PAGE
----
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I once had a bit of cable housing split or some such so that while the cable would move inside the housing, the split released the tension needed to keep it in gear and it would slip back out. If not tuned/adjusted right, the chain can sometimes not seat onto the gear teeth and it will slide without dropping into the gears gliding over the teeth rather than settling into place. When it does seat, it will finally turn the gears/chain.

But someone has to actually test ride it to know what's wrong.

good luck,
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Old 05-26-21, 11:29 PM
  #11  
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Originally Posted by Mickmeister View Post
Well, here's the history:
- Bought the bike from Dick's Sporting Goods a few weeks ago
- Tried it out...seemed to be doing weird things - pedals would lose resistance for a split second or so, then re-engage
- Took it back to Dick's...a tech put it up on a stand and shifted gears up and down...said everything was fine (he didn't test ride it though)
- Tried it out again...still didn't seem to be working right
- Took it into a local bike shop. He did some tweaking to the drive train then said all was fine...he said he had test ridden it for twenty minutes
- Did a bunch of test rides in a big parking lot that has a few steep inclines. It's working fine until I go uphill...then I get the chain issues detailed in my OP.

So to answer your question, I assume the problem was there from the start...but I've only started learning shifting and hill climbing a few days ago, so who knows. The thing that makes this such a huge pain is that this is the first time I've had a bike in fifty years...and the first time I've had a multi-gear bike - so I'm trying to learn shifting and diagnosing drive train issues at the same time. I don't even know what's normal and what's not (though I'm pretty sure my chain isn't supposed to jump ship when I go up hills!)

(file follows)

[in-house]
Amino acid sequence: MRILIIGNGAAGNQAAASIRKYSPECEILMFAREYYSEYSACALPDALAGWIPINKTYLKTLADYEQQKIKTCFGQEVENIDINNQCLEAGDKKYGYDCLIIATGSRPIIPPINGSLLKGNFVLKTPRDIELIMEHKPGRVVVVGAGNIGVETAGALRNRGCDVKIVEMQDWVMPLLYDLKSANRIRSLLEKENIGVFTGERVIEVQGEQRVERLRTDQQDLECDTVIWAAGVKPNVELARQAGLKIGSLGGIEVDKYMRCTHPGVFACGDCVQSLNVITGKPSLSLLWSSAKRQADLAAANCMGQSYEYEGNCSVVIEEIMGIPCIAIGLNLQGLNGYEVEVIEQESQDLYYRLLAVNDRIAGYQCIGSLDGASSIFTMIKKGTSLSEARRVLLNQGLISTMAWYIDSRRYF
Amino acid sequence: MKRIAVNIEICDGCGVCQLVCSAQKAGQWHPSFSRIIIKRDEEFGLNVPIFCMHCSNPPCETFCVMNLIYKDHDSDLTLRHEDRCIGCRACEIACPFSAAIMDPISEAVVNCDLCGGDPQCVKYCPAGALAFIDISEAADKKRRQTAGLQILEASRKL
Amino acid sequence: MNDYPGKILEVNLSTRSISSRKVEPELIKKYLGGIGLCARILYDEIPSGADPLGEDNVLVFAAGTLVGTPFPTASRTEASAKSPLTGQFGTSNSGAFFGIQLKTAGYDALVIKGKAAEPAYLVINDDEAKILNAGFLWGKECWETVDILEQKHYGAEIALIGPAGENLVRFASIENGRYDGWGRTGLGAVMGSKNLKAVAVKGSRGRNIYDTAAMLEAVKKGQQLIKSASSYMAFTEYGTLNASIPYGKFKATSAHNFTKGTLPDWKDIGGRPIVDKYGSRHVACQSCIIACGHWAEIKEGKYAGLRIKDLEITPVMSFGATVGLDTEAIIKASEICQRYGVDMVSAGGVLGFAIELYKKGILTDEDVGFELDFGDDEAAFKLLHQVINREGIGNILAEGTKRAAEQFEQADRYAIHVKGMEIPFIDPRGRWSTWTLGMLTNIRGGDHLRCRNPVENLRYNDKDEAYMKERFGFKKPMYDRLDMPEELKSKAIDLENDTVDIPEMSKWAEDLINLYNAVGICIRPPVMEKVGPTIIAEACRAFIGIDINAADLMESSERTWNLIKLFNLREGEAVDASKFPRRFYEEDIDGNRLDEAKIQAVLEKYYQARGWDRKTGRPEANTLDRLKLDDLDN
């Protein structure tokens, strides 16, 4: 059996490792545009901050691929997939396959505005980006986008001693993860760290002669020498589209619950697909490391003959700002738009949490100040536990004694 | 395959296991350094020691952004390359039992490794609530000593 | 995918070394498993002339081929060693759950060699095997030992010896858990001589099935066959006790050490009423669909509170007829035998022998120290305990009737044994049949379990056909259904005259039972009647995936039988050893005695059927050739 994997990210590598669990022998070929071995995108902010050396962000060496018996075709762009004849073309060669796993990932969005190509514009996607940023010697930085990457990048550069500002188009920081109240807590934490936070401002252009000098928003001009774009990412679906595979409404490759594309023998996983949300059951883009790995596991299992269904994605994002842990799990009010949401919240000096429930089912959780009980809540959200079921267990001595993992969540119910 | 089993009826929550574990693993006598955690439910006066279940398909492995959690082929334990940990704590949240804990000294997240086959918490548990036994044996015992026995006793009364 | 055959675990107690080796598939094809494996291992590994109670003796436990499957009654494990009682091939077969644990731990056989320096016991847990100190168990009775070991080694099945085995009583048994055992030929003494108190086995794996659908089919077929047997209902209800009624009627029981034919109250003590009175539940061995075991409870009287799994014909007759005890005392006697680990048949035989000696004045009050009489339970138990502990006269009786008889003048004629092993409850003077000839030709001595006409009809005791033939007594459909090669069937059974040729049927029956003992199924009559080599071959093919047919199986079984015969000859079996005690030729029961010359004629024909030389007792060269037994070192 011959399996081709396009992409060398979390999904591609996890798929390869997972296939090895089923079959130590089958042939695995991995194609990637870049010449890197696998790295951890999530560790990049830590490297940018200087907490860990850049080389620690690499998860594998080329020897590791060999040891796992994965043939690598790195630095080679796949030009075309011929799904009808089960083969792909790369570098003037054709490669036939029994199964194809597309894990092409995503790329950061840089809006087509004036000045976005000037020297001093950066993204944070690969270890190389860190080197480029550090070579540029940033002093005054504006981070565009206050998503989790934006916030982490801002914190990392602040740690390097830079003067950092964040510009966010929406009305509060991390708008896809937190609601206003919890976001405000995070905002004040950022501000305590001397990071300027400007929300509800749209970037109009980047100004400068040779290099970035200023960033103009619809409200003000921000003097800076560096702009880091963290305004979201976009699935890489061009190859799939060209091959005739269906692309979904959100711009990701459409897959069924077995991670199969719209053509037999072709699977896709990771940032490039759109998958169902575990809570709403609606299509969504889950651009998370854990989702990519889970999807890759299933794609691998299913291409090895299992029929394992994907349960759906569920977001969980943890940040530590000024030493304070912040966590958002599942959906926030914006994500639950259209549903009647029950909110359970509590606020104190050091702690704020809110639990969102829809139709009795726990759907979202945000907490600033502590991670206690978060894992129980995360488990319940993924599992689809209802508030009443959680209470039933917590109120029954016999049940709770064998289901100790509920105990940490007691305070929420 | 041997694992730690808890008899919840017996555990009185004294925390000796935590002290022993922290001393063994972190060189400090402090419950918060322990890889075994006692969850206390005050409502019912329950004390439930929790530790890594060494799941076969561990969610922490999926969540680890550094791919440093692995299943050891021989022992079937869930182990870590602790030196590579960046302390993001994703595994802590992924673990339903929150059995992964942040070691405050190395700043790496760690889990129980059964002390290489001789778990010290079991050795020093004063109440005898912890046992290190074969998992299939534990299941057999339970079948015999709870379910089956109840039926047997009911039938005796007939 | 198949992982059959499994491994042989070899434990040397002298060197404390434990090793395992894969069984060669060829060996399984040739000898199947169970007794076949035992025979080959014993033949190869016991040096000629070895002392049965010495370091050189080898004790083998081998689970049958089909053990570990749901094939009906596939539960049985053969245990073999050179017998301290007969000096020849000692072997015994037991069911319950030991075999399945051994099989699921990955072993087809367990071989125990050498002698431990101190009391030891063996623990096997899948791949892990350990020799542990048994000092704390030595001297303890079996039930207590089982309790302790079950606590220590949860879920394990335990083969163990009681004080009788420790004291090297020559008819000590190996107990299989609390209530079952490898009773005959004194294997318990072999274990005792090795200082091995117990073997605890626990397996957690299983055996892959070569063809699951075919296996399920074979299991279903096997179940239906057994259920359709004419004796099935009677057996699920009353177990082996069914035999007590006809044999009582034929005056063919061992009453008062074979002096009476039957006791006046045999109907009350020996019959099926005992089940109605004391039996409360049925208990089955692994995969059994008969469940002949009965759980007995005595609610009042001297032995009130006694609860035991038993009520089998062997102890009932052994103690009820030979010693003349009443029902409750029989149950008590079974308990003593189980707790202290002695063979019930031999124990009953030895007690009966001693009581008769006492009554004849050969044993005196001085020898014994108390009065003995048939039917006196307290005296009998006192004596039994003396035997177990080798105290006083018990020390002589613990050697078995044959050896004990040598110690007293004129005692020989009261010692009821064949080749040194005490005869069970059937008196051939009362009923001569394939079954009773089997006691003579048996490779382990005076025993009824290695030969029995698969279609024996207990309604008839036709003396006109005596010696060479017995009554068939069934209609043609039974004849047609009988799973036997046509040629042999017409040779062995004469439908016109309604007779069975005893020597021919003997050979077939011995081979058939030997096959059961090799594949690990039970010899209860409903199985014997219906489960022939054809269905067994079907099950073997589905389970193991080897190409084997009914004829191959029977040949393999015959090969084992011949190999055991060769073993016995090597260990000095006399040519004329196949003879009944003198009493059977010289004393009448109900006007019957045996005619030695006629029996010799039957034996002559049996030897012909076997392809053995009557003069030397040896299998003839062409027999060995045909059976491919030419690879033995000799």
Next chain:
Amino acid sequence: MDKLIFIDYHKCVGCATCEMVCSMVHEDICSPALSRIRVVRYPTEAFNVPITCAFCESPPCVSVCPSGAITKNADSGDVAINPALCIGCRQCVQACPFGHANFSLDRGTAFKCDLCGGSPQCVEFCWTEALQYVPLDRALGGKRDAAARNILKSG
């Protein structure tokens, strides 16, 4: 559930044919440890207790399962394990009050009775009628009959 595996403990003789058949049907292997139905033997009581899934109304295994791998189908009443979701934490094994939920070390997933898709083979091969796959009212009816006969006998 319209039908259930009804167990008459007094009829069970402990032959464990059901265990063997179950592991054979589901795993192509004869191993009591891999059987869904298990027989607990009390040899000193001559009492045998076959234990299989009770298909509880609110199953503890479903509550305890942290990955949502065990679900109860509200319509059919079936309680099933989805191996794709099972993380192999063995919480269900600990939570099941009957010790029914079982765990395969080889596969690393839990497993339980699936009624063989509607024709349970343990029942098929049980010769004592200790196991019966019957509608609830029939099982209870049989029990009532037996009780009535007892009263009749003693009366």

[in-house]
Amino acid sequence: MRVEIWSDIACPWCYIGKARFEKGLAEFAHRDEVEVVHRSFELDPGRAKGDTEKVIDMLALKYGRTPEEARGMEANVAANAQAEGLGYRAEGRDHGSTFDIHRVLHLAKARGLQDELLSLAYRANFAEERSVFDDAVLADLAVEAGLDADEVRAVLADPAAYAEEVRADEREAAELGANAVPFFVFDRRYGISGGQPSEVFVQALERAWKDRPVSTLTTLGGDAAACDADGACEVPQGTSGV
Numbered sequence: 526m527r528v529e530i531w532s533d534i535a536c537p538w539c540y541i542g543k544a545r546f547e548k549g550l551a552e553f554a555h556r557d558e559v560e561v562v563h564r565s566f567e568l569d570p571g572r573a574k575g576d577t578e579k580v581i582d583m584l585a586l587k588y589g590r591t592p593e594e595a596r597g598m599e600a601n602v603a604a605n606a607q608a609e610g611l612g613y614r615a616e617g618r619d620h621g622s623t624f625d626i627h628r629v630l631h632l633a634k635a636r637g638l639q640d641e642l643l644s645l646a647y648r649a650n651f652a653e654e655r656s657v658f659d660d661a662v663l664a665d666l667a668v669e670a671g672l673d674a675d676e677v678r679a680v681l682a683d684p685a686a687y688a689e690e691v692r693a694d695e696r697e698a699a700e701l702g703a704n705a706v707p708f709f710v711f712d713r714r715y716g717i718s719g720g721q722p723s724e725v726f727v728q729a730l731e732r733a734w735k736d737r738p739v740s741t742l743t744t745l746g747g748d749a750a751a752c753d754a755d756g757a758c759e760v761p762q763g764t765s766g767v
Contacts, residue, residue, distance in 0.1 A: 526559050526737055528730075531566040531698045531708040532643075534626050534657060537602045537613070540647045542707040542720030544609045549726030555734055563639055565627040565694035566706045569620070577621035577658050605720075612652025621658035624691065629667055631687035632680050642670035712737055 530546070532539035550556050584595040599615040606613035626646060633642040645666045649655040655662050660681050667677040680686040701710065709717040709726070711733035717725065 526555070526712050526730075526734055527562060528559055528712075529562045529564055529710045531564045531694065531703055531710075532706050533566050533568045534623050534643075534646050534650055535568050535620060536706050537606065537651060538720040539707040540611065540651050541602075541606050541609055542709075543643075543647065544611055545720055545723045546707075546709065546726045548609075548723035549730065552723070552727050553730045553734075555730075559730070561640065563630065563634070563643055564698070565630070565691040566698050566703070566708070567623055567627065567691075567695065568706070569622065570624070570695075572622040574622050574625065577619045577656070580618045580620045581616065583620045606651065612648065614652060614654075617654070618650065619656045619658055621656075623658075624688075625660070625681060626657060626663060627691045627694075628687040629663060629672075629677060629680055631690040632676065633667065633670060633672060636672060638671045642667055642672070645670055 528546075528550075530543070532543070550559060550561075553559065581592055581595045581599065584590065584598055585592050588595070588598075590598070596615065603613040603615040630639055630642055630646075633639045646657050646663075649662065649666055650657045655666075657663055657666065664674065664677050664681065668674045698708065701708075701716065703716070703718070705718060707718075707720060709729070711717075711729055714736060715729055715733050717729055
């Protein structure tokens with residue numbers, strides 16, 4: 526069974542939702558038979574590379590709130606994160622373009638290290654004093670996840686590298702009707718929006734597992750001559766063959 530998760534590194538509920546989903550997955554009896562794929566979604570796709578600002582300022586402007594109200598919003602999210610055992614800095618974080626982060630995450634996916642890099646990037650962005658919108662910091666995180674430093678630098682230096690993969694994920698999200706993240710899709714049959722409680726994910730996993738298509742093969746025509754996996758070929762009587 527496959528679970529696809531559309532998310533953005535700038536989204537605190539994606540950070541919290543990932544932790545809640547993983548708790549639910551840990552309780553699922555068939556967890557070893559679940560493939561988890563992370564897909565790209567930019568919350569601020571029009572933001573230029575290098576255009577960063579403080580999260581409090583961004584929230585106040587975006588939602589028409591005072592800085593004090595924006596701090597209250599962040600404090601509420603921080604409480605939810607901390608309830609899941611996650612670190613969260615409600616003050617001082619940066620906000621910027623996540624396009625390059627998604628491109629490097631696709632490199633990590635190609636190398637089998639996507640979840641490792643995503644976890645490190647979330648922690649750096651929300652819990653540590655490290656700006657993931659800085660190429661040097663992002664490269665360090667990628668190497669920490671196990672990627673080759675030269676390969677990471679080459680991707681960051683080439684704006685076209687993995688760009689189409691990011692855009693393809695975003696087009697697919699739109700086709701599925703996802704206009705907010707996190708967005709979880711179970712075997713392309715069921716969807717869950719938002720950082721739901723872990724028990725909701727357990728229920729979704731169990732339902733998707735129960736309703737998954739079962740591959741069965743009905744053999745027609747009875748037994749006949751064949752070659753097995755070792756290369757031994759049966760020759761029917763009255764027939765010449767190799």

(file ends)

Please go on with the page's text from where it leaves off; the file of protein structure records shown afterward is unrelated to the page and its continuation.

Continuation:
bring it back to Dicks for a full refund, they have a great return policy
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Old 05-27-21, 12:33 AM
  #12  
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If the chain is not skipping gears but pedal feels like losing resistance for a fraction of a second and then re-engages abruptly with a shock that can be felt strongly and heard, the problem might be a defective freehub or freewheel.
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Old 05-27-21, 01:51 AM
  #13  
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Originally Posted by tallbikeman View Post
Mickmeister I looked up the rear derailleur specification and the Shimano derailleur being used does not have a clutch on the jockey wheel chain tension take up arm. Derailleur bikes are terrible on rough terrain for shifting when hitting bumps. The derailleur manufacturers solved this problem by putting clutches on the jockey wheel tension arm assembly. The clutch does not let the derailleur shift unexpectedly when hitting a bump. An example is the Shimano Shadow MTB derailleurs with clutch. When the clutch is engaged the derailleur will not shift on every bump. Mountain bikes, gravel road bikes, and any bike being used on rough terrain will benefit from this derailleur clutch technology. The shifting can even happen on paved roads if you hit a big enough bump or pothole. I hope this helps you figure out what is going on. If you are going to be riding hard in the rough I would upgrade the rear derailleur to a clutch design. You will be much happier with its performance.